Armada Trace 98, 172 cm w/ Shift bindings

Blister's 3-ski Quiver Awards — 18/19
Armada Trace 98

With the Shift bindings mounted to the Trace 98, I would have a 1-ski quiver that would perform well in almost all the conditions I encounter the most, including inbounds terrain at Taos Ski Valley and backcountry around Northern New Mexico and Colorado.

I had the opportunity to ski the Trace 98 in soft conditions on the U.S. East Coast and in Revelstoke, and also got it on some hard pack in New Hampshire last season. In all of these conditions, these skis held their edge nicely without getting pushed around much or having any tip flop. While I would prefer to have a multi-ski quiver, I think I could be happy with just the Trace 98.

II. If you didn’t do any backcountry touring, what would your 1-ski quiver be for inbounds-only skiing?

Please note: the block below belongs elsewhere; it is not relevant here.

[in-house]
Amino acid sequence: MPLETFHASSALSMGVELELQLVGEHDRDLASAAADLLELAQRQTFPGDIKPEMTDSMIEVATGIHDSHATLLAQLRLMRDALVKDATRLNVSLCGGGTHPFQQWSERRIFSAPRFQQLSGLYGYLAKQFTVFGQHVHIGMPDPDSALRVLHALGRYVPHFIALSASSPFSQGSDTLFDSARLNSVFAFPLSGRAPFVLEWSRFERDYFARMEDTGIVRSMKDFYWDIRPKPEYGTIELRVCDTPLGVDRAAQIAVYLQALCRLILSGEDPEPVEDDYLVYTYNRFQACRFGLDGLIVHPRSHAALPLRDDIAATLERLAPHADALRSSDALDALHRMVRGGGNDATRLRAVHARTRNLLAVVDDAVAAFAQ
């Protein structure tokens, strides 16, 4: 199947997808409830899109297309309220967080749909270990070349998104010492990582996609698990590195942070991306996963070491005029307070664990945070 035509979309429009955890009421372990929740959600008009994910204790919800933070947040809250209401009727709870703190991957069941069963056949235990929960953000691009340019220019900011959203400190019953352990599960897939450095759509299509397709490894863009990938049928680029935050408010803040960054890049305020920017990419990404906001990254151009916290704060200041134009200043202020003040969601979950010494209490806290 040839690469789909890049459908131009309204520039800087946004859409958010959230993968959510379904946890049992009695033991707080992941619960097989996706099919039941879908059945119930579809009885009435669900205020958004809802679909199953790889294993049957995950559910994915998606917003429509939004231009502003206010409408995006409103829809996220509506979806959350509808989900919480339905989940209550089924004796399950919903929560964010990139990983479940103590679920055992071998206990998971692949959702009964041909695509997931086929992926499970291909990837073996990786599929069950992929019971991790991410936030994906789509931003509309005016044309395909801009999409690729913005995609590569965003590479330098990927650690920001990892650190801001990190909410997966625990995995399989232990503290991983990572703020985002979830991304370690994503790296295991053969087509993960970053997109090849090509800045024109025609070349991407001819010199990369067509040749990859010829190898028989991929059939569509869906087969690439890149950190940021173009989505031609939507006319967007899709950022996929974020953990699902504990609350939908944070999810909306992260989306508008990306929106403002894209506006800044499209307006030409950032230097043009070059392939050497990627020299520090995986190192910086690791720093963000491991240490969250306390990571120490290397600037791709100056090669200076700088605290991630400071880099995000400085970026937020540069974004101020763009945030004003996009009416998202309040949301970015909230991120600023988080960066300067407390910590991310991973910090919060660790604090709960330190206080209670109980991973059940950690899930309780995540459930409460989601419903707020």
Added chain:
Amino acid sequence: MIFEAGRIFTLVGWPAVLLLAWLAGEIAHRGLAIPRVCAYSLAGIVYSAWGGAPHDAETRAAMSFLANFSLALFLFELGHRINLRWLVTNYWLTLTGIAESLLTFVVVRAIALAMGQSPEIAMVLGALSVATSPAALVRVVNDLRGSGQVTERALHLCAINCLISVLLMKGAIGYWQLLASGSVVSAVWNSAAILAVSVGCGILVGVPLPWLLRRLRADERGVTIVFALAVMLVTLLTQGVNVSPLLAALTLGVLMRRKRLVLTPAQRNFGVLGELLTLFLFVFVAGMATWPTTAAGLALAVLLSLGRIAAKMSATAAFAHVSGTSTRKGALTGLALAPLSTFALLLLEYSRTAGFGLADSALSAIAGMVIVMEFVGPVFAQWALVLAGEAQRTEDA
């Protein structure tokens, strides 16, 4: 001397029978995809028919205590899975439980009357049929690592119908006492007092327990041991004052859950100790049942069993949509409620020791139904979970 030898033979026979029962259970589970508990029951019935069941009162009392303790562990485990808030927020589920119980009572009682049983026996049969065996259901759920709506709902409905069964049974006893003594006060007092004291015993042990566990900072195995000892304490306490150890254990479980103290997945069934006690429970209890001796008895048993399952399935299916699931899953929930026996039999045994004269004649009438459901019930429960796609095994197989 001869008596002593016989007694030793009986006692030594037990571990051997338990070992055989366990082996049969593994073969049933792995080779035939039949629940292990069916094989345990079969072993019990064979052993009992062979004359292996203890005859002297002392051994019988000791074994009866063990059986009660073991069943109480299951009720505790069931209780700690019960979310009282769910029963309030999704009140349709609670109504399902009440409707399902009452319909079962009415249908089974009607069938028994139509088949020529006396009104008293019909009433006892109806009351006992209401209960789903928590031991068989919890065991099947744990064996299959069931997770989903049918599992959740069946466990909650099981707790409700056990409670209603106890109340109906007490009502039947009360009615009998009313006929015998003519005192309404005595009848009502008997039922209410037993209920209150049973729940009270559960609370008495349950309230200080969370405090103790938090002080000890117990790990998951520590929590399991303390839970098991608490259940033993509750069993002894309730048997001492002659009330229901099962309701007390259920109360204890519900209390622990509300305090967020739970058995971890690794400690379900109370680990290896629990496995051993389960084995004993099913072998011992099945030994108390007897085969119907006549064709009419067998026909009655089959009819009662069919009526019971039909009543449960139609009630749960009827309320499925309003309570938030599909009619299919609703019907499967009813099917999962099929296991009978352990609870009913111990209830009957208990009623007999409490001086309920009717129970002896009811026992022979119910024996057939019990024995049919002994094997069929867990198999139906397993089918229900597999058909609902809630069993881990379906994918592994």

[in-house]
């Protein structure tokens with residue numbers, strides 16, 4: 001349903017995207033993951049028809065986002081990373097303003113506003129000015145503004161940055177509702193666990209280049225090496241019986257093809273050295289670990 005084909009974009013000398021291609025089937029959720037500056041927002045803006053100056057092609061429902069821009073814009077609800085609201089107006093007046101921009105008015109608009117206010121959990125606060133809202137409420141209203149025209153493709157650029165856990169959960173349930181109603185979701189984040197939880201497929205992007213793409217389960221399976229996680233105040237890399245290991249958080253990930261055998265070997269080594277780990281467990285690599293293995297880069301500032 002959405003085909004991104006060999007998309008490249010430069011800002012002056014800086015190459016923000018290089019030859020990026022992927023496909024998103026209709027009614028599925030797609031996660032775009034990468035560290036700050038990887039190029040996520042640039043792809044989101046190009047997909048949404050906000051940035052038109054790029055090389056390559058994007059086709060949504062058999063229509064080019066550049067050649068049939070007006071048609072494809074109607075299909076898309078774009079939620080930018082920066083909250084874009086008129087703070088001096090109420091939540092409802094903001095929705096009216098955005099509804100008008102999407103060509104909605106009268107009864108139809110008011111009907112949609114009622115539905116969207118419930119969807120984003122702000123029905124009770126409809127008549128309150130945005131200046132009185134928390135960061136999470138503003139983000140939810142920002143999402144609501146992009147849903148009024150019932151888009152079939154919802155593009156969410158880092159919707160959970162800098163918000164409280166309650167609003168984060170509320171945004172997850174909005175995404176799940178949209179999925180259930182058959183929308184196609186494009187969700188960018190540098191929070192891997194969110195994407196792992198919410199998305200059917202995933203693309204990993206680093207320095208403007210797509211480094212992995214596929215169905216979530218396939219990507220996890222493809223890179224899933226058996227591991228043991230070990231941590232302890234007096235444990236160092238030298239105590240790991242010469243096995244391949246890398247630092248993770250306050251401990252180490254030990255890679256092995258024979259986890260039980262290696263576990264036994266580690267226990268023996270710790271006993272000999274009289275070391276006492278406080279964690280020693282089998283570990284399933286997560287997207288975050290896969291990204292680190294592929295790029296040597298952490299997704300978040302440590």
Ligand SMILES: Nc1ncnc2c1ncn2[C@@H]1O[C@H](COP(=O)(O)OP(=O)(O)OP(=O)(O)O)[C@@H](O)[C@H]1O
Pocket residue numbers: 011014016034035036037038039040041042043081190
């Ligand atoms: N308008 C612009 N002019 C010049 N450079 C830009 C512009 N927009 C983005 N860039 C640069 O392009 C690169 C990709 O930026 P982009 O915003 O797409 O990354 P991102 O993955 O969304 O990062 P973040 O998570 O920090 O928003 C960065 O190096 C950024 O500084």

This is a toss-up between the Armada Trace 98 and the DPS Alchemist Uschi 94. As much as I like to ski powder inbounds, I find that my desk job keeps me occupied for too many powder days. With that in mind, I could possibly get away with the slightly narrower Uschi A94 as my 1-ski quiver choice. Whichever ski I choose, I would mount them with alpine bindings instead of the Shift bindings.

Blister's 3-ski Quiver Awards — 18/19
DPS Alchemist Uschi 94
Blister's 3-ski Quiver Awards — 18/19
Armada Trace 98

III. If you only skied in the backcountry, what would your 1-ski quiver be for backcountry-only skiing?

The only thing I would change would be to mount the Trace 98 with Marker Kingpin bindings instead of the Shifts to lighten the setup by a couple hundred grams. The Shift bindings give me a little more peace of mind while skiing in the resort as I tend to ski faster inbounds (and therefore the consequences of an inconsistent release are typically higher). In the backcountry, I’m more conservative and I feel comfortable with the design of the Kingpins.

Blister's 3-ski Quiver Awards — 18/19

IV. What’s your 1-ski quiver for the next 3 years, regardless of location?